Ask questions. Feel free to make suggestions concerning the writing. However, it’s better to approach your writer with needs rather than possible solutions you may have for them. A good writer will solve the problem in the most efficient and cost-effective means possible. That’s what you hired a writer to do.

Review the schedule. Make sure you can attend all of the meetings indicated on the schedule, and that others understand the importance of these meetings. Try at all costs not to cancel these meetings at the last minute (or at all)—it’s bad for morale, sets a poor precedent for the rest of the project, and ultimately delays project completion. Any rescheduling should be agreed upon at least a week ahead of time.

Sign off on the treatment. As with the proposal, everyone involved should sign off at key stages. Your production liaison can handle this. You normally don’t need to see a revised treatment in order for the treatment to move into the script stage. Just make sure your comments are clear and preferably in writing.

Ask for another treatment if you need it. You and your scriptwriter may not hit upon the perfect solution in the first treatment. If you need a new approach, ask for one. But remember that the scriptwriter is working from your objectives. Are you sure they’re still correct? Warning: the number of treatment rewrites is not unlimited. The contract you have signed with your writer probably contains a clause for rewrites—both treatment and script—beyond a certain number, usually a couple. That’s why your input at meetings is critical and also why having minutes is a safeguard. If you’re careful about what you ask for, and make sure it’s there in the next treatment, you’ll avoid “going back to the drawing board.”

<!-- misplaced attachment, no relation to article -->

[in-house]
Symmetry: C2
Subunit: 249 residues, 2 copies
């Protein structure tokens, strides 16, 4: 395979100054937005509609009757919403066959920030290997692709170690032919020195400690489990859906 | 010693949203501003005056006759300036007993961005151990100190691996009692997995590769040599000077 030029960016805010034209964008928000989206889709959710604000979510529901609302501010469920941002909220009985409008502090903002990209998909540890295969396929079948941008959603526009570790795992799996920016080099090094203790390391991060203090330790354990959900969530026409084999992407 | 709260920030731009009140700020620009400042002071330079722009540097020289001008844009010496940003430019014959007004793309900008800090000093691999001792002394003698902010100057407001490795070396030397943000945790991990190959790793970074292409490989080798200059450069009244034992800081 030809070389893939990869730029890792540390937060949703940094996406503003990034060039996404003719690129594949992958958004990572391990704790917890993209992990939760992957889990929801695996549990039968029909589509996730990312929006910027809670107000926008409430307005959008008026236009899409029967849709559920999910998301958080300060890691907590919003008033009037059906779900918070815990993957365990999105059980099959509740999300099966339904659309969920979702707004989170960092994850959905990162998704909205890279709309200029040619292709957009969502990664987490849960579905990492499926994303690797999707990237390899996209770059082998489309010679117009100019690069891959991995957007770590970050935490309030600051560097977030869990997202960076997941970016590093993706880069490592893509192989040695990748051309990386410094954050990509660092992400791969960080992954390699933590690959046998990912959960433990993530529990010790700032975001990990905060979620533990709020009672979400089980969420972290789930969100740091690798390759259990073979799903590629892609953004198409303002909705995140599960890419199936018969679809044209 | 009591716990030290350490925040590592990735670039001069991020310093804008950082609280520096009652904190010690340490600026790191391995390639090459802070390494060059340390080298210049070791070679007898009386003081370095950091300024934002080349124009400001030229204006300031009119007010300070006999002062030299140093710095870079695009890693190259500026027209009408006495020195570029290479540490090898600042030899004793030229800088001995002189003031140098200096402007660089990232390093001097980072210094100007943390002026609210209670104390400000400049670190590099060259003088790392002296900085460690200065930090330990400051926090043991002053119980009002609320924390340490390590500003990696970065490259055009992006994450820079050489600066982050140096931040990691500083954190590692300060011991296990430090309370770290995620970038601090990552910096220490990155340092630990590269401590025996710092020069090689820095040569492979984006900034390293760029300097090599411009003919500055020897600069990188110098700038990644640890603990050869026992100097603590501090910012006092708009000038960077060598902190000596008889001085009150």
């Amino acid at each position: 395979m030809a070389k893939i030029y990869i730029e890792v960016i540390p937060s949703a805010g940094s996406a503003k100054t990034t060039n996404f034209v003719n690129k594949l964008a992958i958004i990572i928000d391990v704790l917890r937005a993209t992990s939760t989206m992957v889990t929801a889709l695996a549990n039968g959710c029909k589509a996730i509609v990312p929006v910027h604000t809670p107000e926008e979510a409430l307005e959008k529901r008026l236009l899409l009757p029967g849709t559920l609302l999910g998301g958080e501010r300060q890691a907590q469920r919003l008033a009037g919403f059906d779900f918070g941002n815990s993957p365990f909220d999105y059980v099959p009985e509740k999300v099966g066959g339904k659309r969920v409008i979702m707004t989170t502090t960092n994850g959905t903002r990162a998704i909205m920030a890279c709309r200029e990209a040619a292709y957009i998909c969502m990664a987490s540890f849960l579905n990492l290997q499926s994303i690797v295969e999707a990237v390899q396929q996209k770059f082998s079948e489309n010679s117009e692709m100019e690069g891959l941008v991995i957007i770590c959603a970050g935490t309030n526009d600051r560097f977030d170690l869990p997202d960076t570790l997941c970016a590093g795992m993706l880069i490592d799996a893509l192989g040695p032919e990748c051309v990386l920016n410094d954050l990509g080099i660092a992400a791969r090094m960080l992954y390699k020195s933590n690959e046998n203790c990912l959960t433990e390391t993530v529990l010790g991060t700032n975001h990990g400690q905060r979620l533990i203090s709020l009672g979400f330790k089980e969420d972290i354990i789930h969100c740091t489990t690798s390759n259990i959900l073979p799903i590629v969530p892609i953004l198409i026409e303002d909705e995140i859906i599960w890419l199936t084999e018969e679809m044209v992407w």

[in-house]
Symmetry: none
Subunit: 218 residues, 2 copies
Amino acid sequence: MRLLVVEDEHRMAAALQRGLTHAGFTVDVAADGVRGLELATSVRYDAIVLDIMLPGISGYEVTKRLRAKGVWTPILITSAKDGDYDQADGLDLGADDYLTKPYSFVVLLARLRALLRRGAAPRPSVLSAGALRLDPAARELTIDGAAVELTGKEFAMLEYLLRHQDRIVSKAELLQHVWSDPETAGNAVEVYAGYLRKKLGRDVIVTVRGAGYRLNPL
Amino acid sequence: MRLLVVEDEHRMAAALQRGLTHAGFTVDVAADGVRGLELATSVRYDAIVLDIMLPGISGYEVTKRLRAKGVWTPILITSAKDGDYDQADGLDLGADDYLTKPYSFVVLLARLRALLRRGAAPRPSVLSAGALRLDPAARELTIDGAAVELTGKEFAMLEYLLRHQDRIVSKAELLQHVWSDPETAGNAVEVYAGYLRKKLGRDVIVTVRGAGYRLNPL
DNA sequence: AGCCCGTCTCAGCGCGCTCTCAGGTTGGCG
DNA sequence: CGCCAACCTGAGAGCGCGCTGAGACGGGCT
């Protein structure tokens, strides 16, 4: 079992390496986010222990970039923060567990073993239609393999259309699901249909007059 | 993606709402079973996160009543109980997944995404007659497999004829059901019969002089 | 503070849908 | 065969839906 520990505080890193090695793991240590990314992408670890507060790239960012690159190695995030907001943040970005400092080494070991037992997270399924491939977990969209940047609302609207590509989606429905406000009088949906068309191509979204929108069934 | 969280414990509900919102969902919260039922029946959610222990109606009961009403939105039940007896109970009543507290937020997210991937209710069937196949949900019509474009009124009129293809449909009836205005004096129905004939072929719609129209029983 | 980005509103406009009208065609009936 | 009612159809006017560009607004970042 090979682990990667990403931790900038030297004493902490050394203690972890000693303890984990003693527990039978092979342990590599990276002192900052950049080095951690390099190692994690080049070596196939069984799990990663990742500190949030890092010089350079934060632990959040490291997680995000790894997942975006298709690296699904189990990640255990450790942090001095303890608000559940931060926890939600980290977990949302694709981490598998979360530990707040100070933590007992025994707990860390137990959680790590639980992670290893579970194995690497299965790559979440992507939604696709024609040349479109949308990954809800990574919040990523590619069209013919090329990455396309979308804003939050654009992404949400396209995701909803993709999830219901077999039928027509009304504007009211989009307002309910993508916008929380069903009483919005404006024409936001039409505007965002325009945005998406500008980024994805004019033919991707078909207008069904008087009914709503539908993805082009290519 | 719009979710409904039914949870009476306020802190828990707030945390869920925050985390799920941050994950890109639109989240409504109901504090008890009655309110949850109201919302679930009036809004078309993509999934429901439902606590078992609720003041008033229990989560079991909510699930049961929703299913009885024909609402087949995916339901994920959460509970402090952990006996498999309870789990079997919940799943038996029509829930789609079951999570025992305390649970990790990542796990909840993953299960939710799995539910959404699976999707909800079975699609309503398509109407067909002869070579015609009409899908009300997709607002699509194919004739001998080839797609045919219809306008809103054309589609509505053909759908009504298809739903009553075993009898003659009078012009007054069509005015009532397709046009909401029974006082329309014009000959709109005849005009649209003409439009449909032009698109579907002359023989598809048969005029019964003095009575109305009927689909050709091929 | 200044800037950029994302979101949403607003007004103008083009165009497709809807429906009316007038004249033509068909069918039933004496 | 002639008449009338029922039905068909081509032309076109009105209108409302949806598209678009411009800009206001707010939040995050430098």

Keep in mind you’re working with a professional. Although you must do what your needs dictate, you should also remember that you have hired a professional who has worked on dozens—perhaps hundreds—of projects. You’re paying for that experience. Any good writer will do everything possible to give you the best product.

When you agree to a treatment.  A treatment is the basis for the final script. When you agree to a treatment, you’re consenting to:

  •  framework (the “plot,” if you will, of your video)
  • content
  • number of actors
  • number and nature of locations
  • length
  • style

If you’re uncomfortable with any aspect, speak up now. You’re the expert on the message this video will impart, and if you’re confused or uncomfortable with it any part of it, you can be sure the viewer will be. Keep notes when you have questions, and make sure any revisions answer them. It’s that simple.

Send the treatment out for bid (see Chapter 5). Remember, if your treatment is precise, a producer can give you a good ballpark figure for production. However, any substantive changes later on (more actors, different locations) can add dollars to your production. Wait for these estimates before proceeding—if the cost comes in consistently too high, you’ll need to trim locations, actors, and special effects.

Video 101: Do you need a treatment before script?

by susan time to read: 4 min
0

Pin It on Pinterest

Share This